Tuesday, April 15, 2014

Lenten Project: Day Thirty-six

I graduated from Bob Jones University on May 7th, 2005. I'd worked so hard to get to that point, and I don't mean academically. The spiritual abuse I'd suffered while living in the campus dormitories had squashed my faith, nearly killed my hope, and half-convinced me there is no god. Yet, even so, BJU was comforting in its familiarity.

My fiancĂ© had nixed my fantasy of living on my own abroad for a year before getting married, so I agreed we'd get married sooner (a week after graduation), and I needed a job. I figured, BJU had trained me and molded me, and the plea for students to "donate" a few years of their lives to the school that had sacrificed so much for them went out often from the chapel pulpit, so I'd at least be a shoe-in for some job on campus. I checked first with my student job's supervisors--sure enough, they encouraged me to submit my application and assured me they wanted and liked me. 

I applied. And was turned down. I had the jarring realization that BJU molding me into a caricature of myself still didn't make me good enough for them. And I knew that was wrong. So I fought. I met with the deans and tried to find out exactly why my application for employment had been rejected. I knew it wasn't just because they didn't have any positions open; it had to be some kind of character flaw or defect they held against me.  And if, after all that time being counseled, I still had character flaws, well, then, something needed to be done, right?

The dean of students told me unashamedly that it had been his recommendation that I be spurned, even though he personally knew me and had been following my journey through BJU since I arrived. 

He even came backstage and posed with me
for pictures before my opera performance!

When I asked him if there was anything I could do to get him to reconsider, he said I could write a letter explaining my position and he'd bring it before council. 

I slaved over that letter, pouring out what was left of my heart, begging the council (but really the dean of students) to see that the spiritual counseling they'd required had worked and I was a better person now. The dean of women told me she'd been led to believe (by the dean of students) that I wouldn't turn people in, since I never had as a student. A faculty/staff member is vital to keeping up the standards of the school by ensuring everyone is following the rules, she said. I turned two people in that week, to prove I didn't have too compassionate a heart and would make a good strict rule-abiding staff member. One of the people I tattled on ended up getting socialled and not allowed to speak to her own fiancĂ©. Never more had I regretted my foolish attempts to prove my worthiness than then.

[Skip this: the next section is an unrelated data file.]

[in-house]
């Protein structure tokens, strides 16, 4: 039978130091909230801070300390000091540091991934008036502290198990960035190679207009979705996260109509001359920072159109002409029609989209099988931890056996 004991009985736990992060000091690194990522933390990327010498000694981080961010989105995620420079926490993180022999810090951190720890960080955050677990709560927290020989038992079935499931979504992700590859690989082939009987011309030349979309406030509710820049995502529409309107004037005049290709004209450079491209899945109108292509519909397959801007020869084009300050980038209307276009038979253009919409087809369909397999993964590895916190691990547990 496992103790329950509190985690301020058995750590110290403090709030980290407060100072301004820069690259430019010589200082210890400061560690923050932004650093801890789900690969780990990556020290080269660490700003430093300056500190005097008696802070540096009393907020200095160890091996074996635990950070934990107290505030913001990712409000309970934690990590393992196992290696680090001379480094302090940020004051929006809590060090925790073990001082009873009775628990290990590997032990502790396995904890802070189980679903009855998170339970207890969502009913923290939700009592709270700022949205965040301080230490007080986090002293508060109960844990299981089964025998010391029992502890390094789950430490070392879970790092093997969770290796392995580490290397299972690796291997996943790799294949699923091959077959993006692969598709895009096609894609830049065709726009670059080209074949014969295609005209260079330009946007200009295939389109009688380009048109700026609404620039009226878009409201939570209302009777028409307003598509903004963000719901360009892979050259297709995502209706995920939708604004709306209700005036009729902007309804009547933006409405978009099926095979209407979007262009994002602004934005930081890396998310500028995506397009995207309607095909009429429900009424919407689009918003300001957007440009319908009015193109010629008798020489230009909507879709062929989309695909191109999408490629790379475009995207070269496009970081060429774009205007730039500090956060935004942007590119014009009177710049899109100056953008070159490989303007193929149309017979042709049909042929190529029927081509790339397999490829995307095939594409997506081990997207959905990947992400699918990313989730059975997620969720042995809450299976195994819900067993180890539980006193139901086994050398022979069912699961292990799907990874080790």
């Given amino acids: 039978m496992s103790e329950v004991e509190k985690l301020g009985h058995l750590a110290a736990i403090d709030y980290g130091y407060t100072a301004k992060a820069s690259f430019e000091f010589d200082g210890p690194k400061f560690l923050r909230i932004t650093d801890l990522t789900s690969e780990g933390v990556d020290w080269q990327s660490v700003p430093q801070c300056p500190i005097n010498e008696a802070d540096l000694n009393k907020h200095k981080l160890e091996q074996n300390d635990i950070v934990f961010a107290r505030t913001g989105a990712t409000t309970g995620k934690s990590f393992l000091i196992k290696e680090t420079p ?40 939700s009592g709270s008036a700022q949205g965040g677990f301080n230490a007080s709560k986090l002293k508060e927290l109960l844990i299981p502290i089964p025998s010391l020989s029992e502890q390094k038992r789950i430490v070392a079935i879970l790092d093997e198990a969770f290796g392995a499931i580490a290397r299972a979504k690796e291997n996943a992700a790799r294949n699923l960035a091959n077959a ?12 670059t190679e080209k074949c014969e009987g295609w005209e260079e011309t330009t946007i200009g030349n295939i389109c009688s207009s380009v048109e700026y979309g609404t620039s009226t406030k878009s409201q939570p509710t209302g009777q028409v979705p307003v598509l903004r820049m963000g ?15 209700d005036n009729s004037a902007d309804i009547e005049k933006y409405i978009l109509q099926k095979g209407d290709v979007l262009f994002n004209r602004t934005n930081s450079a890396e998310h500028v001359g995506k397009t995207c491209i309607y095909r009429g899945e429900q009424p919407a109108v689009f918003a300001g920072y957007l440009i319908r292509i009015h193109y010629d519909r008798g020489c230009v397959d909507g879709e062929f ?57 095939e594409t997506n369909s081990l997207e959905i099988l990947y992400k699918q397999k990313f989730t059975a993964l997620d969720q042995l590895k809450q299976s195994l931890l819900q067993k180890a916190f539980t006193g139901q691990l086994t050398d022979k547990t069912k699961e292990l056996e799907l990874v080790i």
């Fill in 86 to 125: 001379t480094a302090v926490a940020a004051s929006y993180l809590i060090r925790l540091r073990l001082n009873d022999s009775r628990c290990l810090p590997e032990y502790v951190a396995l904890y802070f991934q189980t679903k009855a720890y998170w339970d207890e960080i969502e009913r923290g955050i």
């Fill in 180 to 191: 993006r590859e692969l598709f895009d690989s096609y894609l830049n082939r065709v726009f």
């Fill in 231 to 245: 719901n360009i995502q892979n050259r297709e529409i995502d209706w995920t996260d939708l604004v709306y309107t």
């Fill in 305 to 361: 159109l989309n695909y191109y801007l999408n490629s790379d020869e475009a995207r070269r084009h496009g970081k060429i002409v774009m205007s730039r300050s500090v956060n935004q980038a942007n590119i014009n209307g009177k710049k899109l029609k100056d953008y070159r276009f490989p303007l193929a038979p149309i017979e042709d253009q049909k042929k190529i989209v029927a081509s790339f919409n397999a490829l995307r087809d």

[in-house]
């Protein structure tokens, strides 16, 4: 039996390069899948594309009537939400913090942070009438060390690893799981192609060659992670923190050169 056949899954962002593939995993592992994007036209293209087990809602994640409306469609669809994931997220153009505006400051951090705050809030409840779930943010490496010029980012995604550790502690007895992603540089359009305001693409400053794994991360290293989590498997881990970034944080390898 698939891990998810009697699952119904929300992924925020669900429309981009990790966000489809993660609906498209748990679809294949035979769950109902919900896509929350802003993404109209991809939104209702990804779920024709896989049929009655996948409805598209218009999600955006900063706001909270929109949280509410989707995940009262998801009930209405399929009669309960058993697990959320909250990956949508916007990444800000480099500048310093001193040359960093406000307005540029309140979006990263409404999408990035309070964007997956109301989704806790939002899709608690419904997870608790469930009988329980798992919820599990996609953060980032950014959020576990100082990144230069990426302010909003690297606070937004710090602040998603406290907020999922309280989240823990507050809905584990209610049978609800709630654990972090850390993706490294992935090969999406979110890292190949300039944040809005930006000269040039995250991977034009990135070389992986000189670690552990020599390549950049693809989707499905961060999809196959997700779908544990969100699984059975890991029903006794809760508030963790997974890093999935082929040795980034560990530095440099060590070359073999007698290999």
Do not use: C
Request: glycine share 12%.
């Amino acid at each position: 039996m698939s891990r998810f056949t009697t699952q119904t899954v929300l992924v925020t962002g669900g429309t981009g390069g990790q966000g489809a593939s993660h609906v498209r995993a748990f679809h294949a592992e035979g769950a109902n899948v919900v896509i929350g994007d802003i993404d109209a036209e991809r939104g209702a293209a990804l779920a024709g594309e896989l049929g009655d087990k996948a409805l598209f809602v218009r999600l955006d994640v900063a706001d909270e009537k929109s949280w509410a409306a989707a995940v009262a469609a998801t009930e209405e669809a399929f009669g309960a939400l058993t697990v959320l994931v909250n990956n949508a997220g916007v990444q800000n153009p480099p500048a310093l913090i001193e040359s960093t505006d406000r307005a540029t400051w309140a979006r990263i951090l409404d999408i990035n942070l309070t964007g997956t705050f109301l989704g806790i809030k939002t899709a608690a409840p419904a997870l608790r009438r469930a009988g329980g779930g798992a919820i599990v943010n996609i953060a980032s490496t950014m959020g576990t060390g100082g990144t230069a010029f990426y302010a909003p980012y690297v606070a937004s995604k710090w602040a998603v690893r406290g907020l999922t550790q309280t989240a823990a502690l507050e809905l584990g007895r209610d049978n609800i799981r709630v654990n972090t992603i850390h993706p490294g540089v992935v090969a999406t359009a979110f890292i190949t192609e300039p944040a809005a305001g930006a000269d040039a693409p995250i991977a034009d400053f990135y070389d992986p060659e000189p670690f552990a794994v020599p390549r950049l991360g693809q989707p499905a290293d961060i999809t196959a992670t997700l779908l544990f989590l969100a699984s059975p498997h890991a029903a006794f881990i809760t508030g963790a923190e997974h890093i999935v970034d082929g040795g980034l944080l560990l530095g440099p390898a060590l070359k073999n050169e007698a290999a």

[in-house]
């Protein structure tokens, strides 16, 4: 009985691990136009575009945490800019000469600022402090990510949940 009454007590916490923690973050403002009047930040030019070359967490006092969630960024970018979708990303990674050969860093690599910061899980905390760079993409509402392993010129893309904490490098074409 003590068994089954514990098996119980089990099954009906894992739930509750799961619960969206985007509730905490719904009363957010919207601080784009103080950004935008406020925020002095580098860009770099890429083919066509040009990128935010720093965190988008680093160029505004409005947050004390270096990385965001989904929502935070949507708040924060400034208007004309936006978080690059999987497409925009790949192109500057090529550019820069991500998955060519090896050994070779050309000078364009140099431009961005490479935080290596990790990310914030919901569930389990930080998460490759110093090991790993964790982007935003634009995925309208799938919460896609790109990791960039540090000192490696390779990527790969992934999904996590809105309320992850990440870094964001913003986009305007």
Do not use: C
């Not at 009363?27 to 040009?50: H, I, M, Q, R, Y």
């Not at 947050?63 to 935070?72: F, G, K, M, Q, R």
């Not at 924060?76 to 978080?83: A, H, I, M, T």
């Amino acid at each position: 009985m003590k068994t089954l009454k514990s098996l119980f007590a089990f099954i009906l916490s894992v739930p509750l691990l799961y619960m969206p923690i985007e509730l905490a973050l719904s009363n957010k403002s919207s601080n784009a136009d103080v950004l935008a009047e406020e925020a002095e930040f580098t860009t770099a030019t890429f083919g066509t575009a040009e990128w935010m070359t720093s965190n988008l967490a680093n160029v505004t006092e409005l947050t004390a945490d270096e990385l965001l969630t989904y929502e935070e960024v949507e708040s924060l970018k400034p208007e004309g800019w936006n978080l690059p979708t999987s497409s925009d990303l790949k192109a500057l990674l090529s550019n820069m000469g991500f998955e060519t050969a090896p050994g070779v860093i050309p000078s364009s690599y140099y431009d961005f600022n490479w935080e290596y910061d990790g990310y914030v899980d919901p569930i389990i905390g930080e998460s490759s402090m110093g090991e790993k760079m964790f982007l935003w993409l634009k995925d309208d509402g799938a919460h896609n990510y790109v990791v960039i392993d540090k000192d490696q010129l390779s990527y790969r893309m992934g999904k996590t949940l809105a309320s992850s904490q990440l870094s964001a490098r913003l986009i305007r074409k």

I got the word that my letter had been well-received by the council, the dean of students had been overruled, and I could have a job at Bob Jones University.  I would remain in my department, but become a staff member instead of student worker.

This medallion indicated that I was
a second generation BJU graduate

So on graduation day, I walked into the Founder's Memorial Amphitorium relieved that my plans were working out and that God could still use me, even though I was pretty battered and barely believed in him. I claimed, "all things work together for good" for myself as evidence that God wanted me to serve him at BJU, because, obviously, the obstacles had been overcome.  It never crossed my mind that maybe God could or would use me anywhere else, because the sacrifice of BJU faculty and staff was always touted from the chapel pulpit as being one of the highest callings a Christian could have.  What other humble service could I possibly have wanted to dedicate my life to?